Ethics are far more important than economics in preventing bank crises, according to a report published today by Berlin-based corruption watchdog Transparency International.The study, Transparency and its Impact on Financial Fragility, used data from bank crises around the world over the past 30 years and correlated the probability of a crisis with 10 variables. The five economic variables - inflation, credit ratio, real interest rate, credit growth rate and GDP growth rate - were found to have little effect on the likelihood of a crisis: an extra point of GDP growth reduced the chance of a crisis by between 12% and 26%, but none of the others made a difference of more than 11% per point of increase.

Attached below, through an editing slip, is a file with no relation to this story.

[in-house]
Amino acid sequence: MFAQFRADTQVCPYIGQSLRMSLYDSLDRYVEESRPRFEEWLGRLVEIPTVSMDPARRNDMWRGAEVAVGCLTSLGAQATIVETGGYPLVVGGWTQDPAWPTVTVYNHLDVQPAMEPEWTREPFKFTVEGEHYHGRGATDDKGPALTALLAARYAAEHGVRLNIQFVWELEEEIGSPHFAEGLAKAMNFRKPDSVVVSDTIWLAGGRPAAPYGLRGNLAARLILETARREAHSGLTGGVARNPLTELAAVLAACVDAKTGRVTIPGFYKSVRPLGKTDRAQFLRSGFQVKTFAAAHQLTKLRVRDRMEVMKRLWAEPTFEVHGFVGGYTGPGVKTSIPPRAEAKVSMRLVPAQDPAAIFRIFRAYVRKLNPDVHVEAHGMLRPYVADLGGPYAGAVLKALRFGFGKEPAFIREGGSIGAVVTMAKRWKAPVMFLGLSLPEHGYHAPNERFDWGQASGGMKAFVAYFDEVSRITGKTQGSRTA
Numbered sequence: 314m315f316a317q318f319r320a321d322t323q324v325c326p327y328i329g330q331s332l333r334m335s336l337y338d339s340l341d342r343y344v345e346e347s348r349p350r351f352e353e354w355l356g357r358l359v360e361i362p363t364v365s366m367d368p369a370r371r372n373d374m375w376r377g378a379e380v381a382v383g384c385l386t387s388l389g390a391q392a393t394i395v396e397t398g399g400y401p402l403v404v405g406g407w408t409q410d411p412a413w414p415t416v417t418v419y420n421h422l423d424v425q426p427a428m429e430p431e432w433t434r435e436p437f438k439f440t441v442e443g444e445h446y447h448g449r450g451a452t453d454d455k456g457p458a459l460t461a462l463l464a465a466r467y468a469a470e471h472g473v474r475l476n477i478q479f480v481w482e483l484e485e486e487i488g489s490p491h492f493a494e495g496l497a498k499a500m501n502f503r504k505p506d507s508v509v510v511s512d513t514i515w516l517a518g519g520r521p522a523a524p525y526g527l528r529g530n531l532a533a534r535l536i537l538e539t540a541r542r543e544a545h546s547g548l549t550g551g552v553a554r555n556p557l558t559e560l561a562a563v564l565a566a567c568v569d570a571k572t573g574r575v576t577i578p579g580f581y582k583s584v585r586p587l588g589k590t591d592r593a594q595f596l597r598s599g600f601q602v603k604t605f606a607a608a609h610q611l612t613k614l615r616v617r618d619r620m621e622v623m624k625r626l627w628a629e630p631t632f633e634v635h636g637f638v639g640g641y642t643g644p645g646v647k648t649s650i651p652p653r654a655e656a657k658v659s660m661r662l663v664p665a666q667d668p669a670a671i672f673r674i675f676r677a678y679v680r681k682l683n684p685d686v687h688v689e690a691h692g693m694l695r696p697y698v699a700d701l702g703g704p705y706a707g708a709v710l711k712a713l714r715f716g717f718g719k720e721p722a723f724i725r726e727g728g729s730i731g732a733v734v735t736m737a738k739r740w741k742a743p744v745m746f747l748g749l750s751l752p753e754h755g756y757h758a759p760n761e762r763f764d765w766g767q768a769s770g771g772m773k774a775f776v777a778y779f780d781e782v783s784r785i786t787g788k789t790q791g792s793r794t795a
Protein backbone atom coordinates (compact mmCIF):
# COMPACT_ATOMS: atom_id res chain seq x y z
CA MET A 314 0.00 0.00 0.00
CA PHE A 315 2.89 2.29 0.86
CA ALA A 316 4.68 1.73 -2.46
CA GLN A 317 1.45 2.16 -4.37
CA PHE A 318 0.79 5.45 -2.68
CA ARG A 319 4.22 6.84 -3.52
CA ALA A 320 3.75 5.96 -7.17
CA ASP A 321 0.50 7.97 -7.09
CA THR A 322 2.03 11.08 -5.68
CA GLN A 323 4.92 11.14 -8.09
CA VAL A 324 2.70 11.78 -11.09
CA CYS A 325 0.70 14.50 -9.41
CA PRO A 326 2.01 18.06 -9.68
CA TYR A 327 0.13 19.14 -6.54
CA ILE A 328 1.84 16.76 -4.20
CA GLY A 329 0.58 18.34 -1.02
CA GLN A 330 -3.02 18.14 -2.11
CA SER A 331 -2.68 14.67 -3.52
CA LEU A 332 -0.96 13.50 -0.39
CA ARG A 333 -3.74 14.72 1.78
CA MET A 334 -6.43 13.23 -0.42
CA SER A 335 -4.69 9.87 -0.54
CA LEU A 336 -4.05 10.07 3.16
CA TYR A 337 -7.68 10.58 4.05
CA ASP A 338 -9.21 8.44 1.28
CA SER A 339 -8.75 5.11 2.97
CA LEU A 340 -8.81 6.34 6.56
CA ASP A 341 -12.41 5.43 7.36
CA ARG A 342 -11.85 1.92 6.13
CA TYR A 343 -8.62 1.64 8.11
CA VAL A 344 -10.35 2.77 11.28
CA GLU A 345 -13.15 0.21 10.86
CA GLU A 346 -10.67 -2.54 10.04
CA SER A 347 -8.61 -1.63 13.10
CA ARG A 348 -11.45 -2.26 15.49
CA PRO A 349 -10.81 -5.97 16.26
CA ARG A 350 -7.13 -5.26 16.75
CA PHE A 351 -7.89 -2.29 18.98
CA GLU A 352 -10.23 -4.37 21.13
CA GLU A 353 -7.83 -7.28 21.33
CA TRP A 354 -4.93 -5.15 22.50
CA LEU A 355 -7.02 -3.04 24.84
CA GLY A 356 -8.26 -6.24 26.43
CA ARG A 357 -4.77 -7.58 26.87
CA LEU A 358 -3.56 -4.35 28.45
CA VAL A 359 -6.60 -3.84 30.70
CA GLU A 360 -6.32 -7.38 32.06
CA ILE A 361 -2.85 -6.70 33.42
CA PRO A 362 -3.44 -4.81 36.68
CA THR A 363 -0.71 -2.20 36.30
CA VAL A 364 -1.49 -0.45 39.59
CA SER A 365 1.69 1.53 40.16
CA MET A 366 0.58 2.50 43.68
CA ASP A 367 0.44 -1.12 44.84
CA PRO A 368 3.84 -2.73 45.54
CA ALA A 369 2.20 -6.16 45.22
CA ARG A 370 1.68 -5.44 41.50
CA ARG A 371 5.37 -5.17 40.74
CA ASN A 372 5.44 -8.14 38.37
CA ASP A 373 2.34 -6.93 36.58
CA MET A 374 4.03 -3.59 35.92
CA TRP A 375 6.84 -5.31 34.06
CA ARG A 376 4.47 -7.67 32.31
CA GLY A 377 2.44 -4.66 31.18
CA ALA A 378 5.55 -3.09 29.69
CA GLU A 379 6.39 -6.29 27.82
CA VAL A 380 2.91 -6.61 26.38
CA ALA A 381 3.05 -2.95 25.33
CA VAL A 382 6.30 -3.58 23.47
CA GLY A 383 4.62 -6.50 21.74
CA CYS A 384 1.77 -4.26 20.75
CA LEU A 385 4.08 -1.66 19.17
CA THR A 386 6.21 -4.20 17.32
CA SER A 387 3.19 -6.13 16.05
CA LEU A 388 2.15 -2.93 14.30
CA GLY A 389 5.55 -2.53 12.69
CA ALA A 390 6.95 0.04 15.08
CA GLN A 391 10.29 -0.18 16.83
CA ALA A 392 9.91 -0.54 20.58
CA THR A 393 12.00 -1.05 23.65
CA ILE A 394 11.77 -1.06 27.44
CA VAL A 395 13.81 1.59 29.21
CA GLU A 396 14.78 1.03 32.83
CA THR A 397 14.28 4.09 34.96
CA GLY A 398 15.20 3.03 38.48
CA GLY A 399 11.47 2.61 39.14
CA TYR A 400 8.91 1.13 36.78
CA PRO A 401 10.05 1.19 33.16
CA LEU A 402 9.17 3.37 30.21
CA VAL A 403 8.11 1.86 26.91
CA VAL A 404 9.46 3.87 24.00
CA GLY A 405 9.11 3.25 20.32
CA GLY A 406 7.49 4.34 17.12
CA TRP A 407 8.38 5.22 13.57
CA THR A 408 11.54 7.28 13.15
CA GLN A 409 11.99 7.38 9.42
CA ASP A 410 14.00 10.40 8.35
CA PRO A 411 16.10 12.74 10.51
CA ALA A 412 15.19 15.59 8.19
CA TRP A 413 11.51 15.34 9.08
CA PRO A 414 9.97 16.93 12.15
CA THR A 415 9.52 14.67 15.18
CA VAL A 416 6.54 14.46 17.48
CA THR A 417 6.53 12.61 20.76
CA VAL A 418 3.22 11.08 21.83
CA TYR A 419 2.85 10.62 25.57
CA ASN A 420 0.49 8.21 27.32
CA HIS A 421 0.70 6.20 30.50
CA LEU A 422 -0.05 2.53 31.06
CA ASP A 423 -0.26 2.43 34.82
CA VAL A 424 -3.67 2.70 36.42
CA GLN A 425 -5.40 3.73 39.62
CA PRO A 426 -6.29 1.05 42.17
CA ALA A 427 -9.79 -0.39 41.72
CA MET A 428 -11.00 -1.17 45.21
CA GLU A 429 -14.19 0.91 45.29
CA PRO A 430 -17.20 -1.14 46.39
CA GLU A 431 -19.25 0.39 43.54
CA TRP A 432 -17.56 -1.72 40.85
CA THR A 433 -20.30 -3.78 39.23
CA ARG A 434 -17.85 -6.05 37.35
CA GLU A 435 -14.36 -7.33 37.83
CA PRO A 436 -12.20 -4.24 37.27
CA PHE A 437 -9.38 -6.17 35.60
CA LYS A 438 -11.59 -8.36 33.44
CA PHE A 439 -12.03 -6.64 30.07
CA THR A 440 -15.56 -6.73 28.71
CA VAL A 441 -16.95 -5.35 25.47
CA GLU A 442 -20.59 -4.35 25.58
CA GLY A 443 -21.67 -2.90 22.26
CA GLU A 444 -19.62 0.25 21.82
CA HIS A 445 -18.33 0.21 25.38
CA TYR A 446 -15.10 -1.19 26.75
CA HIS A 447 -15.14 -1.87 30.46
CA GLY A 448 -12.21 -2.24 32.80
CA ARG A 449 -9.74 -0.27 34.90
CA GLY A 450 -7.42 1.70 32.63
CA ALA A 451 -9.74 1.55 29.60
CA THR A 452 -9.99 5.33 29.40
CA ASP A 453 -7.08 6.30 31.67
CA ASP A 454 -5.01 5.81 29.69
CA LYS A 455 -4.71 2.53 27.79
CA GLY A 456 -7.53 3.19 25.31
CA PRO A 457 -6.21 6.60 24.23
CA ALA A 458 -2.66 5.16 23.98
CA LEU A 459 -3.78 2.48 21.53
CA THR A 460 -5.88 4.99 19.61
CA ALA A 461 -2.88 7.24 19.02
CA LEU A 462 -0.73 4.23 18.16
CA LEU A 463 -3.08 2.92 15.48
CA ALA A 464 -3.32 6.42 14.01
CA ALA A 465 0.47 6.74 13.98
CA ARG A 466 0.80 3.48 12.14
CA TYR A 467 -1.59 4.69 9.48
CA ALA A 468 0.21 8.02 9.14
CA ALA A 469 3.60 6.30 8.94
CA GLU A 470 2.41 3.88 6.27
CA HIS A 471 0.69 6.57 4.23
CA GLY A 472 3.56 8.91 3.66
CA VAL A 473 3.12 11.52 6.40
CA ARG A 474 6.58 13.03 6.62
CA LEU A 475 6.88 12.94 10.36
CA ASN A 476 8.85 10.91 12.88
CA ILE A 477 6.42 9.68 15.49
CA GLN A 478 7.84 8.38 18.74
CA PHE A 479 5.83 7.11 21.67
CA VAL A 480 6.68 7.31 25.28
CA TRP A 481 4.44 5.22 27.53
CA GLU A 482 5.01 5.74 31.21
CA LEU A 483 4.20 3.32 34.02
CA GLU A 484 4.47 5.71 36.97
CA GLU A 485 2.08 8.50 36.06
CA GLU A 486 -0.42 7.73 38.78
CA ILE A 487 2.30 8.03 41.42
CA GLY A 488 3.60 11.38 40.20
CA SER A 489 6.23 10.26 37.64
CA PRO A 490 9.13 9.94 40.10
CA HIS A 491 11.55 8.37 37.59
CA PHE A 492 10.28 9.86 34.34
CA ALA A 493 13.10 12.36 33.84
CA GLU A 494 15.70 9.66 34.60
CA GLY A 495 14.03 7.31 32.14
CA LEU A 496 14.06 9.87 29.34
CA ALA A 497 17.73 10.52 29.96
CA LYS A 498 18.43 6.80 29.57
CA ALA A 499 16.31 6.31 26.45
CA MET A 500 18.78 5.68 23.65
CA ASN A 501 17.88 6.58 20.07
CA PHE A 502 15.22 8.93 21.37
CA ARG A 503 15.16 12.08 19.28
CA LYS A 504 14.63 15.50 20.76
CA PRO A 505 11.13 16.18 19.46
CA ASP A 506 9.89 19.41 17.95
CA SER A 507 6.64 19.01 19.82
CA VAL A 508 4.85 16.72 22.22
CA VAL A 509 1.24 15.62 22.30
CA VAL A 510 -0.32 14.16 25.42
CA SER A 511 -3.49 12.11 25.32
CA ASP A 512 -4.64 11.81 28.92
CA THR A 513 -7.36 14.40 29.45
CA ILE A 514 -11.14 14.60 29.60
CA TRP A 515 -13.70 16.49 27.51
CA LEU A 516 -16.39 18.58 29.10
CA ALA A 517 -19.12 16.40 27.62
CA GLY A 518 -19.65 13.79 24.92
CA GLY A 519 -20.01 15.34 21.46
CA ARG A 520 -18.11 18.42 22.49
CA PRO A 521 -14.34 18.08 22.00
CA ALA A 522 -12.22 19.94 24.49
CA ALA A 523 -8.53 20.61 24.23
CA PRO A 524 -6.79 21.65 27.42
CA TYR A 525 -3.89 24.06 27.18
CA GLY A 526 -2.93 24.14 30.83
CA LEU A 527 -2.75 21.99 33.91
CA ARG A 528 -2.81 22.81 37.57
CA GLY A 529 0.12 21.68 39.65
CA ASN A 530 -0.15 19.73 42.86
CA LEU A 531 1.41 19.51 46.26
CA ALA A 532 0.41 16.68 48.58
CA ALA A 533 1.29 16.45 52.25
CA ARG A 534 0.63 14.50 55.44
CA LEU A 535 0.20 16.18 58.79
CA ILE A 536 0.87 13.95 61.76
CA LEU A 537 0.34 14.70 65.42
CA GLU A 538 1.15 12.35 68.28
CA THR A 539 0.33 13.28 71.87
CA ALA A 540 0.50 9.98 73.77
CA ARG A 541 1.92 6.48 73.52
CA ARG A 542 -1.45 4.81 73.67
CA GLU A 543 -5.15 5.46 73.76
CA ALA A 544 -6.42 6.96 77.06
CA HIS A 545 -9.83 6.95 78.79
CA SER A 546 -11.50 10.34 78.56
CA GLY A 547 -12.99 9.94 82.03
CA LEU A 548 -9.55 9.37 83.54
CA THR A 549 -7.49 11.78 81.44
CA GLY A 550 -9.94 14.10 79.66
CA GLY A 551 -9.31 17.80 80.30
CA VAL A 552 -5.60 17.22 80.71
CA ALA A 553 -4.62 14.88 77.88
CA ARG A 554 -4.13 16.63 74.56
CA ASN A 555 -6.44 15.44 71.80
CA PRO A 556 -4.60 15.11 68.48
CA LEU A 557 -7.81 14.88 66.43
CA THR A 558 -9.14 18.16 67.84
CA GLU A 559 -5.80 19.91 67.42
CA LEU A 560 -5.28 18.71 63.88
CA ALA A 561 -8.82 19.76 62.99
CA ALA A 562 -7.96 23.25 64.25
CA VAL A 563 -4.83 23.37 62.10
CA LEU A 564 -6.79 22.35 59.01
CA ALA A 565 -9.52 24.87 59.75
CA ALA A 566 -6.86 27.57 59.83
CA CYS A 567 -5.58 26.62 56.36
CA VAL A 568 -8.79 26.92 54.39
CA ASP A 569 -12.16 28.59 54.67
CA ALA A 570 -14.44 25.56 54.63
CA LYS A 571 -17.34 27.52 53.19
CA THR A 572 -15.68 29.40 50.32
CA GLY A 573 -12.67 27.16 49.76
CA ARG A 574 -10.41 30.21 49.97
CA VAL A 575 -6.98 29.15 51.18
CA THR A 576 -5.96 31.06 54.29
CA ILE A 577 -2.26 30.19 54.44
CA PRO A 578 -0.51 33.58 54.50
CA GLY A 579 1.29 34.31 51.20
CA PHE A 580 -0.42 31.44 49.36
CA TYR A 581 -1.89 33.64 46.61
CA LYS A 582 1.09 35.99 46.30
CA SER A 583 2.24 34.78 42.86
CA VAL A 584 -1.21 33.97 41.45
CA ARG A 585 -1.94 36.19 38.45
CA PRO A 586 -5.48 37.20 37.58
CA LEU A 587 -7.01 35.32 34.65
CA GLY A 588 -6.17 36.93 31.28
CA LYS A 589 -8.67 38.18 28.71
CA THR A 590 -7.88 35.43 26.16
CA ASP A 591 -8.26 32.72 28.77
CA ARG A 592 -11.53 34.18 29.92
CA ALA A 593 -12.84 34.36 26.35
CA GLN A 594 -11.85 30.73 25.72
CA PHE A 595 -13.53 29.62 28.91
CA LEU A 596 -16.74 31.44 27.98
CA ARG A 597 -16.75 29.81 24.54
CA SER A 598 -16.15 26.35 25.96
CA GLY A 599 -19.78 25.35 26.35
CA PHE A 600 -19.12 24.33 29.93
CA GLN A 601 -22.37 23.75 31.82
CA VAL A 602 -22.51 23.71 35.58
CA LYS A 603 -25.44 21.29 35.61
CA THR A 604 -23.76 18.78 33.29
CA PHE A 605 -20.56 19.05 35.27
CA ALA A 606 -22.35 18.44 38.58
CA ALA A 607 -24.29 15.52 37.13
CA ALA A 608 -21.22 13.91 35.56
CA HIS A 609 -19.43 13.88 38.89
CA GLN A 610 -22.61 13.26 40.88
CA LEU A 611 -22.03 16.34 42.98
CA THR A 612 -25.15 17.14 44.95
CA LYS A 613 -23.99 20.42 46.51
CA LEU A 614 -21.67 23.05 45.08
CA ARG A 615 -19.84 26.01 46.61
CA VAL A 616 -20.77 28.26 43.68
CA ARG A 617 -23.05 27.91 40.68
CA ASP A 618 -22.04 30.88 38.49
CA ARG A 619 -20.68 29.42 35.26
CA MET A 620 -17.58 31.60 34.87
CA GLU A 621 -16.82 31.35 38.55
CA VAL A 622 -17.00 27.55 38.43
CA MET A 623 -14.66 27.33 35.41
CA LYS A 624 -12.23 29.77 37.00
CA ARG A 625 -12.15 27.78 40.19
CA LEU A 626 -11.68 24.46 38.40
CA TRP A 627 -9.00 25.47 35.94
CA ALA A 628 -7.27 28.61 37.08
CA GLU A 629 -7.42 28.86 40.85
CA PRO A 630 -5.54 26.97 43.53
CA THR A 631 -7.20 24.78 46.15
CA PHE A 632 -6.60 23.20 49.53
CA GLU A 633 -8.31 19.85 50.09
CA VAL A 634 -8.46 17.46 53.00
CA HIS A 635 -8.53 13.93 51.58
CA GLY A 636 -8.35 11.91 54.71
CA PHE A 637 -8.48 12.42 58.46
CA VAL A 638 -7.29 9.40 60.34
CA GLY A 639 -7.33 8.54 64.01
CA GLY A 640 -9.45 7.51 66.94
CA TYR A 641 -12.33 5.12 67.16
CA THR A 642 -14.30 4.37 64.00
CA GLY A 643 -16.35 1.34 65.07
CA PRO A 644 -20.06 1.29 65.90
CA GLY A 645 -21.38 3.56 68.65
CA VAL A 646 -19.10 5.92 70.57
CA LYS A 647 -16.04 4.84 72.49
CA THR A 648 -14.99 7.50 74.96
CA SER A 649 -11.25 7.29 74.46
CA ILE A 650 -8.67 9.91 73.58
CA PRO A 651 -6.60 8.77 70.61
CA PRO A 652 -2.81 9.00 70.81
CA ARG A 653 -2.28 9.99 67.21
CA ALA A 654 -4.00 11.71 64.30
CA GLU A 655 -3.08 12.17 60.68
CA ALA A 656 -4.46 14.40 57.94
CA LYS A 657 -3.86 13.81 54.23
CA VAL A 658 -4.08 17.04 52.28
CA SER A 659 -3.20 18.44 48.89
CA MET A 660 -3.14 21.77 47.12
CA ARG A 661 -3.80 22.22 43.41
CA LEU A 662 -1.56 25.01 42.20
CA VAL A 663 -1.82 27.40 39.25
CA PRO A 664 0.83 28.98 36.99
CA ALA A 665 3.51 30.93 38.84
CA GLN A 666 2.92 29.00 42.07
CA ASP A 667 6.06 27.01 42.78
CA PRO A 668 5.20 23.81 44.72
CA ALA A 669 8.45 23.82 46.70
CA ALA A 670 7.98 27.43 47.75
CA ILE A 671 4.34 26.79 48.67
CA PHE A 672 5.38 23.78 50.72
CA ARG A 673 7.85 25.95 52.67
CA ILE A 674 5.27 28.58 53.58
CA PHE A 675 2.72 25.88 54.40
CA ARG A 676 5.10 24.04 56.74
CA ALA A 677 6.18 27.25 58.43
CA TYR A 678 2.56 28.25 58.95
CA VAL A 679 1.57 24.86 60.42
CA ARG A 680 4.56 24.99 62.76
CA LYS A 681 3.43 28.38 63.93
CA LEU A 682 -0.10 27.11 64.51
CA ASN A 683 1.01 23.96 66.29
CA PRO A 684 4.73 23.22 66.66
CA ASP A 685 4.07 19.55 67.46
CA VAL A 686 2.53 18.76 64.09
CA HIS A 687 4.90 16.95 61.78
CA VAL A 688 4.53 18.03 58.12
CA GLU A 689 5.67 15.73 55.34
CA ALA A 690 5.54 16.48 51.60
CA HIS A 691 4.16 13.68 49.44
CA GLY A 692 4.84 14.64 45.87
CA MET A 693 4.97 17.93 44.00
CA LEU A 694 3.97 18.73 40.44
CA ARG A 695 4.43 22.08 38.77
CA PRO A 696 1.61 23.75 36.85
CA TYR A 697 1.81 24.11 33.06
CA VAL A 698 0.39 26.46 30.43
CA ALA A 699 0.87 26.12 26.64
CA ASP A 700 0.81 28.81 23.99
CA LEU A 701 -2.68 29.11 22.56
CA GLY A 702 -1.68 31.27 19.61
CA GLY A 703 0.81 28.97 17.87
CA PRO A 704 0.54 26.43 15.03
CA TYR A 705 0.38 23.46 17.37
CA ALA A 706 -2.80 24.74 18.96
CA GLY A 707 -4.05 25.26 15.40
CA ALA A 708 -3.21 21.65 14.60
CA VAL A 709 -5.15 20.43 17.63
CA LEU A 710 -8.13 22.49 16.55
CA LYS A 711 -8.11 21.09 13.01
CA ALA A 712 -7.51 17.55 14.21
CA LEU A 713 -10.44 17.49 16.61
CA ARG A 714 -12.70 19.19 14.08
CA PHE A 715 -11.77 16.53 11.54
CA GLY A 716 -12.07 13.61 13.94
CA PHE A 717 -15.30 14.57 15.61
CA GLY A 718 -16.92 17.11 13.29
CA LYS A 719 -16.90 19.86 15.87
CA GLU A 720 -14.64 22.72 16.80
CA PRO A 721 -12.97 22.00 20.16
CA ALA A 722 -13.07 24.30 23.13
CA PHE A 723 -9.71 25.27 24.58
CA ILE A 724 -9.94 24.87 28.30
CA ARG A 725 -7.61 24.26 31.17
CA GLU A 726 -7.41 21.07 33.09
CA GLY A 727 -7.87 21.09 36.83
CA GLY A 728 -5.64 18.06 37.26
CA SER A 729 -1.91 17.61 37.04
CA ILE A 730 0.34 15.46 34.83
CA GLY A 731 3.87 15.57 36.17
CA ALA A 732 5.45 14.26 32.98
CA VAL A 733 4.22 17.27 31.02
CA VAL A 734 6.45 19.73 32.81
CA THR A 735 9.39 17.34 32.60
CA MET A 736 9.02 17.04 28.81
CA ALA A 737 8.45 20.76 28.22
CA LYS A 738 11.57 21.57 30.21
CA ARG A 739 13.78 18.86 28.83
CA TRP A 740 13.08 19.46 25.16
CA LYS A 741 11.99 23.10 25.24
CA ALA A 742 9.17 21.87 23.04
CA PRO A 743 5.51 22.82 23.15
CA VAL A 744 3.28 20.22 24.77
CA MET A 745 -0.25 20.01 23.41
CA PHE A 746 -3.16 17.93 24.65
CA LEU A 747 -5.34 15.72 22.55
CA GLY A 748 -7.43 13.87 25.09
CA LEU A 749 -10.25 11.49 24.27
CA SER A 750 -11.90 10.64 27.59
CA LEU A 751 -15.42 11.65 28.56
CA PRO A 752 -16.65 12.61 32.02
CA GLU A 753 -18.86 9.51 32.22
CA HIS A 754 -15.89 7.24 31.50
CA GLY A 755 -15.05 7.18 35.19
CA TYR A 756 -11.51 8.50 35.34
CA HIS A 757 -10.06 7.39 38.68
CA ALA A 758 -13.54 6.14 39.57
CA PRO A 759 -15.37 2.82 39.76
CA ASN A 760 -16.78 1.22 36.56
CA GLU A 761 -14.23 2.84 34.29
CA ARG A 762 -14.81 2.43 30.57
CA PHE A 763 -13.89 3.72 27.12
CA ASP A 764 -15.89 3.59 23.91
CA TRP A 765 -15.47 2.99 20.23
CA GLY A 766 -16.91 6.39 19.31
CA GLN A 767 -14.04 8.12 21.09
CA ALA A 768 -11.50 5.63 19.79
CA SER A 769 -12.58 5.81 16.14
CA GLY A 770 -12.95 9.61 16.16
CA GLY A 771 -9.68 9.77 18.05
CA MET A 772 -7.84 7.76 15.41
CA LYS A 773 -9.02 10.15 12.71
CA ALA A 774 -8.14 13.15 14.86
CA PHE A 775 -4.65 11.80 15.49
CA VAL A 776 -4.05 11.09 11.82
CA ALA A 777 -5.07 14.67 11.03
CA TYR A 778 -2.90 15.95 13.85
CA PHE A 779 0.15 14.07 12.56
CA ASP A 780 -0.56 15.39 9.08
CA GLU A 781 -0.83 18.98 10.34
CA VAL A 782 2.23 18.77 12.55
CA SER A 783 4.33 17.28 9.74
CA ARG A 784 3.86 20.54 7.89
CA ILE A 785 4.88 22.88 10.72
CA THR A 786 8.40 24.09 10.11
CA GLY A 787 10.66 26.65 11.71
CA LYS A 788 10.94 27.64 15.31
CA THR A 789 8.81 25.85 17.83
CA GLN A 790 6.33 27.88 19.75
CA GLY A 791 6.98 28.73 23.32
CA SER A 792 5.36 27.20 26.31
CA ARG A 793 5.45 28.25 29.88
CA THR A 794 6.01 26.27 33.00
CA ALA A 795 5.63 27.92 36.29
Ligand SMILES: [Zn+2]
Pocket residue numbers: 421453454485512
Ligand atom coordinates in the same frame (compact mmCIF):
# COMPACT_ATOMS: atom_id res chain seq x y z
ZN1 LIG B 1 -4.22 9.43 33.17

By contrast, the five ethical variables - corruption, favouritism, judicial independence, prevalence of insider trading and effective regulation - all had dramatic effects. Transparency International measures ethical qualities on a seven-point scale, and a single point of increase on any of the five dramatically reduces the chance of a bank crisis - up to 89%, in the case of judicial independence.
The study's author, Saadia Zahidi, a researcher at the Institute of International Studies in Geneva, said: "While crises may erupt in a relatively short period of time, they are usually the result of long-term fundamental problems in a country’s financial institutions."
She added that the results would boost calls for global financial standards, such as those produced by the Bank for International Settlements, and better transparency on a national level.
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